We found that the type of HT exhibited by patients was significantly associated with their T3 levels. Compared to patients with HI, those with PH had significantly lower T3 levels (1.0 mmol/l vs.1.3 mmol/l, P < 0.001; Table 1) and a significantly greater fraction had low T3 syndrome (74.5% vs. 60.5%, P < 0.001; Table 1). In addition, Figure 1 shows that the more severe the radiological category of HT became, the lower the T3 levels were. This is a potentially valuable clinical finding that suggests T3 levels may not only differ between patients with and without HT, but may also be indicative of HT severity. In patients with acute stroke, it was previously shown that PH is an independent predictor of short-term adverse prognosis and poorer 90-day mortality . Lee et al. suggested that PH is closely related to dysfunctional outcomes, whereas HI did not independently predict prognosis in patients with AIS . Therefore, PH represents a poor clinical outcome in stroke patients . Based on the adjusted multivariate regression analysis summarized in Figure 2, low T3 syndrome appears to be strongly associated with the risk of severe HT (PH), but more weakly associated with mild HT (HI). Although additional study is needed to confirm these results, it appears low T3 syndrome may be a useful predictor for severe HT in AIS patients.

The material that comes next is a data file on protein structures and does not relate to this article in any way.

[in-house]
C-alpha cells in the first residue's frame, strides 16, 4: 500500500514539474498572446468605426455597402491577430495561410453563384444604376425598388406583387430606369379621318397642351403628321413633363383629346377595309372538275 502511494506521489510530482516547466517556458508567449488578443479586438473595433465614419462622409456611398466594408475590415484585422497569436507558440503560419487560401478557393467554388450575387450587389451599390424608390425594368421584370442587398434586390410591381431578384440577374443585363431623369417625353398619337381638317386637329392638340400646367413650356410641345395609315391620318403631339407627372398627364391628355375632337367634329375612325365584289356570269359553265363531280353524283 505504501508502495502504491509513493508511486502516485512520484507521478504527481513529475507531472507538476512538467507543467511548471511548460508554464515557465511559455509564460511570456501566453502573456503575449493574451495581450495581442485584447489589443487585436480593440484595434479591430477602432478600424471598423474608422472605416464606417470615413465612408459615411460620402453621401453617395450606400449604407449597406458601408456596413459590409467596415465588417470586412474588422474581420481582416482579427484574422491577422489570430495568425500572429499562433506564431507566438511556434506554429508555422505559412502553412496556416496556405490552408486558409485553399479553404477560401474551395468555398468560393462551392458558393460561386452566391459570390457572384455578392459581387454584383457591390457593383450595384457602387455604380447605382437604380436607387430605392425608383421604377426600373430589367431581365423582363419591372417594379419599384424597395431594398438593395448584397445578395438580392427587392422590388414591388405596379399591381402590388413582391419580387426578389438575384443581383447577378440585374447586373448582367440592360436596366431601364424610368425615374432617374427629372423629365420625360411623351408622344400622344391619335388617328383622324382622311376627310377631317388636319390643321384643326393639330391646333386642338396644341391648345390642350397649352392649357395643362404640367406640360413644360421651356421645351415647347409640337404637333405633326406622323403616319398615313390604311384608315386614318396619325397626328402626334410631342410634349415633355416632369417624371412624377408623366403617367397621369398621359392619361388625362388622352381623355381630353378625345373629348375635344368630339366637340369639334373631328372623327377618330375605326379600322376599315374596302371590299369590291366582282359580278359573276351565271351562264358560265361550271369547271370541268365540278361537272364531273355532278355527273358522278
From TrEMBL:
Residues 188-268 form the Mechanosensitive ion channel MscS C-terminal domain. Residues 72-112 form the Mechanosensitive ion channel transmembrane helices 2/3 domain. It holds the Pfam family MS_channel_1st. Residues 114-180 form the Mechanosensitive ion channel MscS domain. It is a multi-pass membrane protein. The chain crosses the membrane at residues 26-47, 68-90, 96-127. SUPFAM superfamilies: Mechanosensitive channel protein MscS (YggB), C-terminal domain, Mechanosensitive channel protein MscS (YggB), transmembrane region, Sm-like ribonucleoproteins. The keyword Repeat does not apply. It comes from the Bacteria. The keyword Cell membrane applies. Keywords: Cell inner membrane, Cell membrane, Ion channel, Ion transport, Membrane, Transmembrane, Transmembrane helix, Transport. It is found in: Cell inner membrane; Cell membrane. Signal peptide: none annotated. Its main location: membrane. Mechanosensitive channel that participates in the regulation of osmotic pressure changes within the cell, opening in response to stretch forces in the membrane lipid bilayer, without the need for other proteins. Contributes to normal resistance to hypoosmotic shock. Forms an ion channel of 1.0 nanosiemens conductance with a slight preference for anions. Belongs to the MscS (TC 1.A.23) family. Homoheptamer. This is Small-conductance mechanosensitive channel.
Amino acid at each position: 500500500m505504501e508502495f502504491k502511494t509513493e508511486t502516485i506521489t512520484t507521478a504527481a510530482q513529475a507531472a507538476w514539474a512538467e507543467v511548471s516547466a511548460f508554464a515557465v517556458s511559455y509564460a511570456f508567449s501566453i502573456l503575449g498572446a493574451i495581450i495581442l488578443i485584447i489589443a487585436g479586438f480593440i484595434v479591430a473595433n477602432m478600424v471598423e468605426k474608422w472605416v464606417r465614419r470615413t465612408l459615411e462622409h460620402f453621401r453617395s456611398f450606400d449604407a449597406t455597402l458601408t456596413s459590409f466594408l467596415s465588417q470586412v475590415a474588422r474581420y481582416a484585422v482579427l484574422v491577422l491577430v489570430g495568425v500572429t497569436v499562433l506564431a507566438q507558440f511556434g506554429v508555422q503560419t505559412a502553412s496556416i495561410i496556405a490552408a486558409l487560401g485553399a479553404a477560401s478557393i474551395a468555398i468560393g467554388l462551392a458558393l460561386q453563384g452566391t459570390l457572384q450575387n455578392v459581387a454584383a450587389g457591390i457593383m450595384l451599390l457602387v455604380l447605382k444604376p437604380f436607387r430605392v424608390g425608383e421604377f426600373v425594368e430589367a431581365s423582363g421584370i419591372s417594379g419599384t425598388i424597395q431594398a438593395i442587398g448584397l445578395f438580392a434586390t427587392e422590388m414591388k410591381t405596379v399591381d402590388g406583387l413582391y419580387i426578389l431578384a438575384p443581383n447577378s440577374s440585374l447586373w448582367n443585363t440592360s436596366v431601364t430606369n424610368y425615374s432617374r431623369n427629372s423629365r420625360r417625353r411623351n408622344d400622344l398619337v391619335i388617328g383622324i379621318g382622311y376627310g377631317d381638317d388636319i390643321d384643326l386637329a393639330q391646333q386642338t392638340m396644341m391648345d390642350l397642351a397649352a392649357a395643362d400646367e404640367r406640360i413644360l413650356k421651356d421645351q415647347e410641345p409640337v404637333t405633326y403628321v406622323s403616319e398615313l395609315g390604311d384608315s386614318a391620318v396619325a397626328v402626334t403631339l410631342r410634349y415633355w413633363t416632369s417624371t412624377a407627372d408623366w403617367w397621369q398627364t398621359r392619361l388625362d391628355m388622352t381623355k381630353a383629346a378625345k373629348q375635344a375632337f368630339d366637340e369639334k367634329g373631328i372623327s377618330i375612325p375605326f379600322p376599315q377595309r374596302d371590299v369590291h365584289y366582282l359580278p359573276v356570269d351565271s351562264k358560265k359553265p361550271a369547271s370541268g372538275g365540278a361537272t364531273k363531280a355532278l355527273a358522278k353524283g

The mechanism underlying the association between low T3 syndrome and the risk of hemorrhagic complications in AIS patients remains obscure. Early studies revealed that thyroid hormones cross the blood-brain barrier through active transport, and are essential for the normal brain development and function . Thyroid hormones have been shown to reduce extracellular glutamate toxicity  and to increase the density of the brain vasculature  under ischemic conditions. These findings imply that thyroid hormones may be critical for reducing ischemic brain damage and provide important insight into possible biological mechanisms underlying the neuroprotective functions of T3 and hormones of the hypothalamic-pituitary-thyroid axis. In AIS patients, the occurrence of HT may result from damage to the blood brain barrier after endothelial injury  and secondary cerebral edema . Low T3 syndrome is thought to be involved in both central and peripheral changes in the thyroid axis . Of note, a recent study found that in a middle cerebral artery occlusion mouse model, increased blood-brain barrier penetration by T3 protected against ischemic damage . Two other clinical studies found that lower serum free and total T3 levels were associated with ventricular system compression or brain edema in acute stroke patients [21, 36]. Brain edema and membrane disruption can exacerbate disruption of the blood brain barrier, leading to HT . Notably, T3 can attenuate infarction and related edema by suppressing expression of aquaporin-4 water channels .